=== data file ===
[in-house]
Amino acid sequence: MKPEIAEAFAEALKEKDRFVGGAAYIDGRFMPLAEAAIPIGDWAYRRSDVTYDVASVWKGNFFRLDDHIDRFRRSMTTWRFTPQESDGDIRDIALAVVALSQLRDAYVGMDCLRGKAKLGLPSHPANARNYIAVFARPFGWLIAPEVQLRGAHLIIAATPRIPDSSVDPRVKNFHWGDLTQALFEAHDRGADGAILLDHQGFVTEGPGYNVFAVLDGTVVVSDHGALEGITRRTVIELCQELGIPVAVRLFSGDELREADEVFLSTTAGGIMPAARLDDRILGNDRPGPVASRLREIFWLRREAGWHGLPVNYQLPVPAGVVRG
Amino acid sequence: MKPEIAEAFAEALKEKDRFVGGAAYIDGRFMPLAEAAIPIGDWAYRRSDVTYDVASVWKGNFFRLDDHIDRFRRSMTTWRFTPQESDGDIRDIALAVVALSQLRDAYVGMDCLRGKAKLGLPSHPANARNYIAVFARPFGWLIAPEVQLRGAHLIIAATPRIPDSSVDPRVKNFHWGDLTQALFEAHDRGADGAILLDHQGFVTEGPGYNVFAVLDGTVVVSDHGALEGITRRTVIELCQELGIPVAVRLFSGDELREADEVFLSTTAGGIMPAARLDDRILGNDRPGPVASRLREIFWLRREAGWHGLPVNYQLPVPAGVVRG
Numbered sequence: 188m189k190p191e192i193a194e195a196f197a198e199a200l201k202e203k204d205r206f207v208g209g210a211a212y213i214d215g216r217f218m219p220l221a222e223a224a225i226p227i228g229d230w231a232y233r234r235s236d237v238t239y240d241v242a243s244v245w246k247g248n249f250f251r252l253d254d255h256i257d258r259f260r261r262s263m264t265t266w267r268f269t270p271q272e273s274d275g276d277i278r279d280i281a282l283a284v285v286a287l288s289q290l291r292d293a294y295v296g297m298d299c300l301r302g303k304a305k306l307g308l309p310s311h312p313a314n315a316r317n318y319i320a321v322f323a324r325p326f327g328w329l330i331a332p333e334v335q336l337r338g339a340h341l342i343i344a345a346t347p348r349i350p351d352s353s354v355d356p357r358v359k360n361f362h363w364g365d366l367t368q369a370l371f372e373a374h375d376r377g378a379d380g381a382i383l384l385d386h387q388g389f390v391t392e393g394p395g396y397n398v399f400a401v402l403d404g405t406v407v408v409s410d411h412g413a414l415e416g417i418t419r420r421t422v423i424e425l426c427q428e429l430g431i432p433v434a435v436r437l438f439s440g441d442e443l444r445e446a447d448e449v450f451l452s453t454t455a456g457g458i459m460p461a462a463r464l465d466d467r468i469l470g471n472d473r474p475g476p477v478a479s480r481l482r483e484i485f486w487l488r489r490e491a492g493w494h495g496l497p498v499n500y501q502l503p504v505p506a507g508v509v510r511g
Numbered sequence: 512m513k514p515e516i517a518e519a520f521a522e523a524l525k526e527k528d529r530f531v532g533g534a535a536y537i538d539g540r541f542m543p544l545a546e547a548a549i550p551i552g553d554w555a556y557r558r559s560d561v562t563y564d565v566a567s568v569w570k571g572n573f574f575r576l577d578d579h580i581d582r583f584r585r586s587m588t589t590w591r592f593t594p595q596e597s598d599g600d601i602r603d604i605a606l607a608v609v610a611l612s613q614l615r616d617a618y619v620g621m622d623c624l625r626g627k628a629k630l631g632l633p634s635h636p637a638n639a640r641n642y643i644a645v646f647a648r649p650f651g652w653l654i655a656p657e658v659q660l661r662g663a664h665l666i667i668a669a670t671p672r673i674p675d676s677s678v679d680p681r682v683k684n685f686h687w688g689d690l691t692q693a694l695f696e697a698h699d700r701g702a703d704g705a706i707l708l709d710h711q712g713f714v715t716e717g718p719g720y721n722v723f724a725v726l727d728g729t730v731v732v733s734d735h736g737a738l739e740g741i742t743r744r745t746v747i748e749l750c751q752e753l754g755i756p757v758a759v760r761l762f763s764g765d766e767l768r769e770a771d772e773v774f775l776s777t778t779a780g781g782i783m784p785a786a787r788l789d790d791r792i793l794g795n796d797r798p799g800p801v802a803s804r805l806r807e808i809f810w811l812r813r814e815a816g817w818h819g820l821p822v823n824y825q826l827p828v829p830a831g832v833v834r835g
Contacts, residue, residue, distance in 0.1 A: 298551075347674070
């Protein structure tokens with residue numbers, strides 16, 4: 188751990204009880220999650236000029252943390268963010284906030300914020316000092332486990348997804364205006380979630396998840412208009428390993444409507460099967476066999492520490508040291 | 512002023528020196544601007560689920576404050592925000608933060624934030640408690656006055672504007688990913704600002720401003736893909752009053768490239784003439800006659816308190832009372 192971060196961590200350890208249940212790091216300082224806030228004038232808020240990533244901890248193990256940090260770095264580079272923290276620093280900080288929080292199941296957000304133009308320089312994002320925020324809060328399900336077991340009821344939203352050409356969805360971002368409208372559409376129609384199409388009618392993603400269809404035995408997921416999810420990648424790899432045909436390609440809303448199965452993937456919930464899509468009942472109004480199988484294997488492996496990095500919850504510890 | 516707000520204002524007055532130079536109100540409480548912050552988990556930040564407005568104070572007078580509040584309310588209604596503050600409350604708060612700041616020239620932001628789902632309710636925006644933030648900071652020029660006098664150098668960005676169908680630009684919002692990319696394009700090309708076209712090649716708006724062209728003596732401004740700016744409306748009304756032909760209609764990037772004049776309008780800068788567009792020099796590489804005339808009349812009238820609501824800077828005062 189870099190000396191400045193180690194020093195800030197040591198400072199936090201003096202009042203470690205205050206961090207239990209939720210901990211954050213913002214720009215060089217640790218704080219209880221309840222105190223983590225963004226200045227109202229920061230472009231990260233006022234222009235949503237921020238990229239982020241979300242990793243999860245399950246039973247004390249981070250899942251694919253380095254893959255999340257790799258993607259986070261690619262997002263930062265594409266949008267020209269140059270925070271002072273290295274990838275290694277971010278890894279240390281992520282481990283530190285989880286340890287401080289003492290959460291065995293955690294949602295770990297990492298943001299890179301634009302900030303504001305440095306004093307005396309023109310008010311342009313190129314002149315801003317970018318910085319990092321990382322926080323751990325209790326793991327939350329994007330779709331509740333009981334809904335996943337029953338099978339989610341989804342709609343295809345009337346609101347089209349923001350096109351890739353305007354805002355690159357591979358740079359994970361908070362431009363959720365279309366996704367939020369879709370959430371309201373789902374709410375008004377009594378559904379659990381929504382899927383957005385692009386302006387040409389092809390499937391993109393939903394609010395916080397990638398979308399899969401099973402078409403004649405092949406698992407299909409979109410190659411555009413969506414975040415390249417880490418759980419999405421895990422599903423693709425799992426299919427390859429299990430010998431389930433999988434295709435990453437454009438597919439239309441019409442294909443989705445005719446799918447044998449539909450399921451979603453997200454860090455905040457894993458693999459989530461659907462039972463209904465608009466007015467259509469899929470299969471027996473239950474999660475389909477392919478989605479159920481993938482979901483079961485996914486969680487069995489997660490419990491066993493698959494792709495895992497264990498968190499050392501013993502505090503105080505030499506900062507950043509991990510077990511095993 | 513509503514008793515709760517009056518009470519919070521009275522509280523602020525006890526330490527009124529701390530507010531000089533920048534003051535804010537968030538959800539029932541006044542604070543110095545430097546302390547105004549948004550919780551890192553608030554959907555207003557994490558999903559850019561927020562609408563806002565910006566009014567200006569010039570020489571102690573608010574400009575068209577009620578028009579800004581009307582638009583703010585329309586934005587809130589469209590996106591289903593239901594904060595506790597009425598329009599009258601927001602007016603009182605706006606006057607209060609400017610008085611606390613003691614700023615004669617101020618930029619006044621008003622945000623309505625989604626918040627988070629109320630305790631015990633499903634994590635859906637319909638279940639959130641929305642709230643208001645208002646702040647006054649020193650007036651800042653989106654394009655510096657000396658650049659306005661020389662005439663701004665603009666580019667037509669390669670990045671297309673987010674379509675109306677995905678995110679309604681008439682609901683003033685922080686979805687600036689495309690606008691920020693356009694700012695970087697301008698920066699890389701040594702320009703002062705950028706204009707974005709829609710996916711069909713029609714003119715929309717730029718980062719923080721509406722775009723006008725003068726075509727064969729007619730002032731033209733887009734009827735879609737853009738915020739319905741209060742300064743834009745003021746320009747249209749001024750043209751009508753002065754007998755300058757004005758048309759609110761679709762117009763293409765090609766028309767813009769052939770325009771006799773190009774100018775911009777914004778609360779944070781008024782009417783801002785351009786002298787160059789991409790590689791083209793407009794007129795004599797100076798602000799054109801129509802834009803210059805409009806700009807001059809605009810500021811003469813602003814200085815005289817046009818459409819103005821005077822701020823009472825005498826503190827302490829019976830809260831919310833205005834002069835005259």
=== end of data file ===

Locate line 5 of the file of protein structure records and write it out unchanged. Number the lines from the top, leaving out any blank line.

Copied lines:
Numbered sequence: 512m513k514p515e516i517a518e519a520f521a522e523a524l525k526e527k528d529r530f531v532g533g534a535a536y537i538d539g540r541f542m543p544l545a546e547a548a549i550p551i552g553d554w555a556y557r558r559s560d561v562t563y564d565v566a567s568v569w570k571g572n573f574f575r576l577d578d579h580i581d582r583f584r585r586s587m588t589t590w591r592f593t594p595q596e597s598d599g600d601i602r603d604i605a606l607a608v609v610a611l612s613q614l615r616d617a618y619v620g621m622d623c624l625r626g627k628a629k630l631g632l633p634s635h636p637a638n639a640r641n642y643i644a645v646f647a648r649p650f651g652w653l654i655a656p657e658v659q660l661r662g663a664h665l666i667i668a669a670t671p672r673i674p675d676s677s678v679d680p681r682v683k684n685f686h687w688g689d690l691t692q693a694l695f696e697a698h699d700r701g702a703d704g705a706i707l708l709d710h711q712g713f714v715t716e717g718p719g720y721n722v723f724a725v726l727d728g729t730v731v732v733s734d735h736g737a738l739e740g741i742t743r744r745t746v747i748e749l750c751q752e753l754g755i756p757v758a759v760r761l762f763s764g765d766e767l768r769e770a771d772e773v774f775l776s777t778t779a780g781g782i783m784p785a786a787r788l789d790d791r792i793l794g795n796d797r798p799g800p801v802a803s804r805l806r807e808i809f810w811l812r813r814e815a816g817w818h819g820l821p822v823n824y825q826l827p828v829p830a831g832v833v834r835g